Is the snaffle a single or double jointed?
A single jointed loose ring, should leave 1cm on both sides between the rings and the horses mouth, while at resting position. As you take contact with a single jointed snaffle, the bit shortens in the mouth and the rings therefore come closer to the lips and side of the face. If the bit is too small, it will pinch. Too big, and it will slide across the mouth, not only causing discomfort, but also 'dulling' the rider's aids.
A french snaffle (double jointed), you want the rings to be sitting just next to the horse's lips. When you take up a contact, the double joint action means that the rings will move evenly from the lips. If you have 1cm between the lips and rings, the bit is too big and will be ineffective and uncomfortable.
As for bit thickness, it does sound like yours is too thick. It depends on the horse as to the thickness of the bit, if he has a fleshy mouth or low pallet, he will be uncomfortable in a thick bit, so go for one a little thinner. It's really a case of trial and error.
For a bridle, obviously you want an english style bridle. But otherwise, whatever he is happiest in. A standard cavesson noseband, possibly with a flash attachment depending on his needs, will suffice. There's no 'fancy dressage bridle' that will magically turn him into a dressage horse ;)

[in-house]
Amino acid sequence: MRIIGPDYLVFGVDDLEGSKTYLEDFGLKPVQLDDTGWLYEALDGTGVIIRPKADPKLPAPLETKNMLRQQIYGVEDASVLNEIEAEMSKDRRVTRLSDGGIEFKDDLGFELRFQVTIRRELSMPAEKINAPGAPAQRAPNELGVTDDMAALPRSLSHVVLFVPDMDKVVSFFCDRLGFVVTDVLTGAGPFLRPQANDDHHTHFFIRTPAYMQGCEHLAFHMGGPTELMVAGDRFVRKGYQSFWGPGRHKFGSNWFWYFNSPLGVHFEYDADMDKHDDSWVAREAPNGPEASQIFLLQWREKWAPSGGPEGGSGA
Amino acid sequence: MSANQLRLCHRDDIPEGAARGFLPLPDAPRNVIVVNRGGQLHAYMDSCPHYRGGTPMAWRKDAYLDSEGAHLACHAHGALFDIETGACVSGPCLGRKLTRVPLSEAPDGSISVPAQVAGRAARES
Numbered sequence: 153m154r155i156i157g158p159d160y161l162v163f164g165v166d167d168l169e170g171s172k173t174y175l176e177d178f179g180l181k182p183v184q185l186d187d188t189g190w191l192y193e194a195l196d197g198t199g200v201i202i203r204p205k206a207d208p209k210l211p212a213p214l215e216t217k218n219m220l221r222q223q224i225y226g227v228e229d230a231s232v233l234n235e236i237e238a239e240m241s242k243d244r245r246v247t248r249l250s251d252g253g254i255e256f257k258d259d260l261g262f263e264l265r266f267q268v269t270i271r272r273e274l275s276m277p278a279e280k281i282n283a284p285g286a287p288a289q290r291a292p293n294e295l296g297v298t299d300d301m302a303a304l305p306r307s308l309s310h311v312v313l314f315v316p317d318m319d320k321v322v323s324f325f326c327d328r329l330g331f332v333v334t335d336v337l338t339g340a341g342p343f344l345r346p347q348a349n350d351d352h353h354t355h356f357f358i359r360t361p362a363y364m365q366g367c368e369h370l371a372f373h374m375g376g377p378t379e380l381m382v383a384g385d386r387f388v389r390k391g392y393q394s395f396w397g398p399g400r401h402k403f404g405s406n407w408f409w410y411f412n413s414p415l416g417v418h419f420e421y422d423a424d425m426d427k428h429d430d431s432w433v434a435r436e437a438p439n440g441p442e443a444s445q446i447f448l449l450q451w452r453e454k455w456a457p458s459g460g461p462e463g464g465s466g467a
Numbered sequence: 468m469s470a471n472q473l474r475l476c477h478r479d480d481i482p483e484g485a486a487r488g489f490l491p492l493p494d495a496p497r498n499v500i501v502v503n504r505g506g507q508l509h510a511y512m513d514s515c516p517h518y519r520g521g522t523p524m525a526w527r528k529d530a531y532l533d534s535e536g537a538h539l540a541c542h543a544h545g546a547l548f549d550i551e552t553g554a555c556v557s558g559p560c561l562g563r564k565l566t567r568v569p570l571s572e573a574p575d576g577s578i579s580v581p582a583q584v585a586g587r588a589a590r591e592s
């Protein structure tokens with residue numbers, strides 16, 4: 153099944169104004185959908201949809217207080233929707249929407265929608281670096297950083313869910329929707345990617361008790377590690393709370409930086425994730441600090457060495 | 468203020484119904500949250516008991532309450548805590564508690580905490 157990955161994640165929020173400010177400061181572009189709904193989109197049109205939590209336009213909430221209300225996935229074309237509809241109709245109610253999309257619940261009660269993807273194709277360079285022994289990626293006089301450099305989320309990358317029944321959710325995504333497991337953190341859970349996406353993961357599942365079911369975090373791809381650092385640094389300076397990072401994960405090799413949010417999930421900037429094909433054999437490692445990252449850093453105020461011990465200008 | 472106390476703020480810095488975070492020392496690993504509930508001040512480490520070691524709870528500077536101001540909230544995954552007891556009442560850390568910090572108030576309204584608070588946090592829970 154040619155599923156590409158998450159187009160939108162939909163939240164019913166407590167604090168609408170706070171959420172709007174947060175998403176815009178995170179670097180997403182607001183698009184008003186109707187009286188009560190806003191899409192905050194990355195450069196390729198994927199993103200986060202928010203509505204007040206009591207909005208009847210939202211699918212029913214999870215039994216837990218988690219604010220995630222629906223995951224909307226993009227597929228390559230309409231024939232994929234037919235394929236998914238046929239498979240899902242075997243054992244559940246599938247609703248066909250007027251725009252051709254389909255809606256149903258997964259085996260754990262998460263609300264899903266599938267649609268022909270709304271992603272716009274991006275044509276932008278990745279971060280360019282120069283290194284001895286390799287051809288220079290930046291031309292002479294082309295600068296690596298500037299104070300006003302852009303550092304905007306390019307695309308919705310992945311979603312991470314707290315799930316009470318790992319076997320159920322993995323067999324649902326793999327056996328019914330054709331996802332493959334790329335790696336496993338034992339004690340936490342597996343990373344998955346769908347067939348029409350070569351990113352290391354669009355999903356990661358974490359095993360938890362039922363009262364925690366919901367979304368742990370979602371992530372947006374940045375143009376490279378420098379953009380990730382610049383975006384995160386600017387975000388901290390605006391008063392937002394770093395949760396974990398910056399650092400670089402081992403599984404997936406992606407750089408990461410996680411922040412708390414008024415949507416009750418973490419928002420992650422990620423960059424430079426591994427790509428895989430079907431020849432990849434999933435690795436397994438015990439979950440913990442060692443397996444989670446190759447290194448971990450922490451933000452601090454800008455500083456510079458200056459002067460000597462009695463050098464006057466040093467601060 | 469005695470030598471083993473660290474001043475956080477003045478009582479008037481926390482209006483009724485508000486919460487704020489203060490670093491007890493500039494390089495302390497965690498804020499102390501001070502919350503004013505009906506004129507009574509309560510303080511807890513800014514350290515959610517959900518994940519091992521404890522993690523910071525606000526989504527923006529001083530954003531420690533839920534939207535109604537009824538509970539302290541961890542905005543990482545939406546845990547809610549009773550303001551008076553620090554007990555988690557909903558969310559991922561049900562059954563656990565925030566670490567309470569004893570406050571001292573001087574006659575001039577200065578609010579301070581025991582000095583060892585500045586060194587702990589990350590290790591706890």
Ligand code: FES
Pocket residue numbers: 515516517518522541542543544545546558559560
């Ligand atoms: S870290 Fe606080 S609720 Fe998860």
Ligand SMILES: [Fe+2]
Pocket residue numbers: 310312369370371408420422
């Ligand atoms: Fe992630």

The saddle, yes a dressage saddle WILL help your position and effectiveness of your aids. A GP/AP or jumping saddle will only inhibit your ability to apply the subtle and precise aids required in dressage. They place your lower leg forward into a slight chair seat, the seat is quite flat and overall, making you fight to hold your position while you ride.
However remember, there are no 'one type fits all' with saddles in terms of both horse AND rider. No matter how much adjusting a saddler does, some saddles will just not fit some horses. And again, one rider may love riding in a certain saddle, the next may hate it to the point where they become physically sore riding in one. For example, the Isabelle Worth line of dressage saddles, in particular the old models (the new ones are quite nice), are so unsuitable for me, that even after a 10 minute ride in one, I am in so much pain through my hips, knees and lower back, from being literally forced into a position and not able to move, that I have to get off. However I have friends that absolutely love their Isabelle and ride well in them.
You will have to try a few different saddles to find one that suits both you and your horse. Certainly not a case of popping into a saddlery or onto Ebay
and buying the cheapest or 'prettiest' saddle as chances are, it won't be the 'right' saddle for you and the horse.